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Who Owns Lagos? A Look Into Its History And People

Some have claimed that the people from Benin own Lagos, while others claim Lagos belongs to no one and it’s a no man’s land. How true or false are these claims?

The port and island of Lagos is one of Africa’s most metropolitan and populous cities, that’s why there is a question as to who owns Lagos and who are the original inhabitants of Lagos.

Does Lagos originate or belong to the Benin Kingdom?

According to a statement from Iga Idugaran, Palace of the Lagos King, Oba Akiolu said;

“Modern-day Lagos was founded by Prince Ado, the son of the Oba of Benin. Prince Ado was the first Oba of Lagos, and he named the town Eko, until the Portuguese explorer, Ruy de Segueira, changed the maritime town to Lagos, which at that time from 1942 was the Portuguese expedition centre down the African Coast.”

While this is true, this is not the full picture. It was not founded by Prince Ado. Benin invaded Lagos and were not the original occupants.

The Aworis and the Ilajes were there way before the invasion of Benin in the 16th century. These two tribes were not concerned with setting up some sort of monarchical system, hence the ease of the Benin invasion.

The monarchical rulership of a place may be a result of conquest and not the origin, a case in point is the Queen of England who was the head of so many countries.

Currently, the Prince and Princess of Wales are not Welsh, but because their forefather conquered Wales, the rulership of Wales falls on the first son of the ruling monarch of England.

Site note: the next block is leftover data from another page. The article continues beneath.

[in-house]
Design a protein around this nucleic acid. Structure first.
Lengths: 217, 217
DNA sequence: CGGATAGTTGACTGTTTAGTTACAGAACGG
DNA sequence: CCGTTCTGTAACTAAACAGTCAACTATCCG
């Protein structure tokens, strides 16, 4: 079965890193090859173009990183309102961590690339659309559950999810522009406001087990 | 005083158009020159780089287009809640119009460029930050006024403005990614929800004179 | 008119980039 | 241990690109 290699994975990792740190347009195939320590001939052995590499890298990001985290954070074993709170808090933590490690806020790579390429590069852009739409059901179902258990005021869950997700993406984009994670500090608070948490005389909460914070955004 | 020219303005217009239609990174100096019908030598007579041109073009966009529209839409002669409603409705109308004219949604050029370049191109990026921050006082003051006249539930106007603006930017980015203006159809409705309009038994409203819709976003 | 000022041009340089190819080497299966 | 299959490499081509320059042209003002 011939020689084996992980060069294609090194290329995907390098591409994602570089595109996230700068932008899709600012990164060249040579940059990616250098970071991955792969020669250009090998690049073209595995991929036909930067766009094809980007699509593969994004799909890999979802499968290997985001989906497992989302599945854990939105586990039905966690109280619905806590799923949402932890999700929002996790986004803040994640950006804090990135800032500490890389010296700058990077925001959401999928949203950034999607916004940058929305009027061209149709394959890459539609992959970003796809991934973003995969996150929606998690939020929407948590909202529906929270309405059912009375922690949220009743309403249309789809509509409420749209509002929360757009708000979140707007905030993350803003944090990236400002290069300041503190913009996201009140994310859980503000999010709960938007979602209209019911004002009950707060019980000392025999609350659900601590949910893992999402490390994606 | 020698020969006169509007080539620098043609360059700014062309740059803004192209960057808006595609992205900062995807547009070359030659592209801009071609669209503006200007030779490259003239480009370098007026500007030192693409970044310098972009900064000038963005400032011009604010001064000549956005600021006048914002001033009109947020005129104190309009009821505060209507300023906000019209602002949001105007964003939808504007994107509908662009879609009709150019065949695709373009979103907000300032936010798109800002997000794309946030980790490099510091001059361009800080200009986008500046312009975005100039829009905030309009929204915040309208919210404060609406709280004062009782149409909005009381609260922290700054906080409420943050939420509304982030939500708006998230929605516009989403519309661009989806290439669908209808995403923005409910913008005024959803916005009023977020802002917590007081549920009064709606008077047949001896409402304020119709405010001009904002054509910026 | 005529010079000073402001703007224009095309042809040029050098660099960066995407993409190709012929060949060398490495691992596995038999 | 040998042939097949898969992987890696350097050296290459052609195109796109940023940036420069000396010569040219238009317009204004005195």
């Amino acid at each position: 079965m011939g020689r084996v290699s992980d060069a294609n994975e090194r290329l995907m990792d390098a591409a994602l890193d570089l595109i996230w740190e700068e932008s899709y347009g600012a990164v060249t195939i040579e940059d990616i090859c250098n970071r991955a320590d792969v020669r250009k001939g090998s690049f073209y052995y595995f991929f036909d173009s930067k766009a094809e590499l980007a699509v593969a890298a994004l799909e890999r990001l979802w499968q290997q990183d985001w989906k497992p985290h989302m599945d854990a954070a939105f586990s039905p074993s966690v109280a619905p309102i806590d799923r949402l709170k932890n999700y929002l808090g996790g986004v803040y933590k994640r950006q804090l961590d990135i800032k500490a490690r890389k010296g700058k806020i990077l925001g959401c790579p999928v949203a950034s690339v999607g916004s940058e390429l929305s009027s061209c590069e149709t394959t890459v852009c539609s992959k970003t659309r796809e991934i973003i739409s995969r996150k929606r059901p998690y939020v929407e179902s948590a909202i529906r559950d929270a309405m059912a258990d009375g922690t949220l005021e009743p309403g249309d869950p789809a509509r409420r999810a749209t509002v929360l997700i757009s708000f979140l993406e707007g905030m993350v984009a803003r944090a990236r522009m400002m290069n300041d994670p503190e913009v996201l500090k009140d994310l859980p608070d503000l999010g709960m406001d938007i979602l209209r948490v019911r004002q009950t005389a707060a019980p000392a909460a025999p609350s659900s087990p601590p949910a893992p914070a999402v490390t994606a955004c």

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The first Oba of Lagos was undoubtedly from Benin. All Obas of Lagos trace their lineage to Ashipa who was a war captain of the Oba of Benin. Ashipa was rewarded with the title of the Oloriogun (or War leader) and received the Oba of Benin’s permission to govern Lagos on his behalf.

But if some Benin people migrated to Lagos, it means that they did become part and parcel of the Yoruba culture thereby abandoning their own. It is believed settled in Lagos Island or Isale Eko and its environs.

The Aworis and the Ilajes own land

However, from all historical records, the original inhabitants and landowners in Lagos are the Aworis and the Ilajes. They are the ones who own land. The Aworis were more concerned with land ownership, while the Ilaje moved to the coasts and were more concerned with fishing, though they still own land. The Ilajes coexist with the Ijebu groups in the Epe and Ikorodu divisions in Ijede, Owode, Majidun, Ajegunle, and Agbowa.

The chiefs in Lagos who belong to the Idejo class are Aworis and they hold land. The Olumegbon chieftaincy family controls all of Ajah, Oniru clan controls the entirety of Victoria Island, Ojomu, which was Ajah’s neighbour and is now home to Oba Ojomu, Elegushi, the territory at Ikate and Onisemo too. The Oluwa family once owned the whole Apapa Peninsula before being bought and compensated by the government.

It is now clear that Lagos is not a ‘no man’s land’ and it indeed has indigenous people. However, it has experienced the influx of many people through migration, even from neighbouring states, which has muddled the original ancestry of Lagos.

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